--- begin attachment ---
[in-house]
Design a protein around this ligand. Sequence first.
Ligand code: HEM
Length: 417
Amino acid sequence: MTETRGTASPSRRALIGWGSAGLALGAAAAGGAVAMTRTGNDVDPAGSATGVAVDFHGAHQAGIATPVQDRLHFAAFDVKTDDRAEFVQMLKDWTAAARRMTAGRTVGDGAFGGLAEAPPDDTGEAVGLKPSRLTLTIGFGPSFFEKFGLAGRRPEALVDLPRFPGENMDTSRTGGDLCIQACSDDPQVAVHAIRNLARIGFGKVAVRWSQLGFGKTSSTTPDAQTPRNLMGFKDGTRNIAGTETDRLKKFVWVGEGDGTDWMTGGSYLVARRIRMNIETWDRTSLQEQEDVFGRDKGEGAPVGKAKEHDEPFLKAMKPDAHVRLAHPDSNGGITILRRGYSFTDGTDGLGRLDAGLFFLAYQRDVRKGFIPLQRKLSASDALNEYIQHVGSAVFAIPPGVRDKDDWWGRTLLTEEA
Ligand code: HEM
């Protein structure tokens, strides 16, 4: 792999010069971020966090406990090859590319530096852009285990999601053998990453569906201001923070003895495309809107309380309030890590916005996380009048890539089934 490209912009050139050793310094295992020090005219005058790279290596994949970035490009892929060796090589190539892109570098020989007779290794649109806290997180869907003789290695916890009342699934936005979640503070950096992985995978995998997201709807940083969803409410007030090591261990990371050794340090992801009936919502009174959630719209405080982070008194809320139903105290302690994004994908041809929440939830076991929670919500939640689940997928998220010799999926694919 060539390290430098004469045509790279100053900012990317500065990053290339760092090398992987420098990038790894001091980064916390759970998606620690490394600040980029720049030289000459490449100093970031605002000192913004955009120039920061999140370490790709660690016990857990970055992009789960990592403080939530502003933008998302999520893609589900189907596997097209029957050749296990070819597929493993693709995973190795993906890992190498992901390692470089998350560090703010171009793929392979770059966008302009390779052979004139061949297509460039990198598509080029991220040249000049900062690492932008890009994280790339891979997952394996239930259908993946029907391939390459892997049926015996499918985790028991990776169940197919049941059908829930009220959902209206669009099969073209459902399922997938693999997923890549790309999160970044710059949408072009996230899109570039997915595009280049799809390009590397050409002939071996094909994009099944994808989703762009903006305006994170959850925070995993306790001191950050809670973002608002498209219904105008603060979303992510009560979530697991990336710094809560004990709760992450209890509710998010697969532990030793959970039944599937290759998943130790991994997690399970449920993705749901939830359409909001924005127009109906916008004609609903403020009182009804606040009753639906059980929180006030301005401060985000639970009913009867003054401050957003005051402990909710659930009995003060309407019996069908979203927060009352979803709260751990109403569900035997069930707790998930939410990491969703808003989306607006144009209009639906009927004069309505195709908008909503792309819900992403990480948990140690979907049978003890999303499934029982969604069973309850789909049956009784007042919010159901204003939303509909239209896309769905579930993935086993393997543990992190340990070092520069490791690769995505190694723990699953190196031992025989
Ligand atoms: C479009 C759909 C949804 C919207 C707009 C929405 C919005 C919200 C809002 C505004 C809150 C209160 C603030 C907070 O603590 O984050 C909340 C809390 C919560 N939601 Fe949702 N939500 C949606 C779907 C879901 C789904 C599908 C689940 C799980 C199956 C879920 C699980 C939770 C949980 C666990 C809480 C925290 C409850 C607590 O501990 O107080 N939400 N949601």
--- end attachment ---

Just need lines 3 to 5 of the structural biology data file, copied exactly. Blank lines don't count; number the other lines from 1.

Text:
Ligand code: HEM
Length: 417
Amino acid sequence: MTETRGTASPSRRALIGWGSAGLALGAAAAGGAVAMTRTGNDVDPAGSATGVAVDFHGAHQAGIATPVQDRLHFAAFDVKTDDRAEFVQMLKDWTAAARRMTAGRTVGDGAFGGLAEAPPDDTGEAVGLKPSRLTLTIGFGPSFFEKFGLAGRRPEALVDLPRFPGENMDTSRTGGDLCIQACSDDPQVAVHAIRNLARIGFGKVAVRWSQLGFGKTSSTTPDAQTPRNLMGFKDGTRNIAGTETDRLKKFVWVGEGDGTDWMTGGSYLVARRIRMNIETWDRTSLQEQEDVFGRDKGEGAPVGKAKEHDEPFLKAMKPDAHVRLAHPDSNGGITILRRGYSFTDGTDGLGRLDAGLFFLAYQRDVRKGFIPLQRKLSASDALNEYIQHVGSAVFAIPPGVRDKDDWWGRTLLTEEA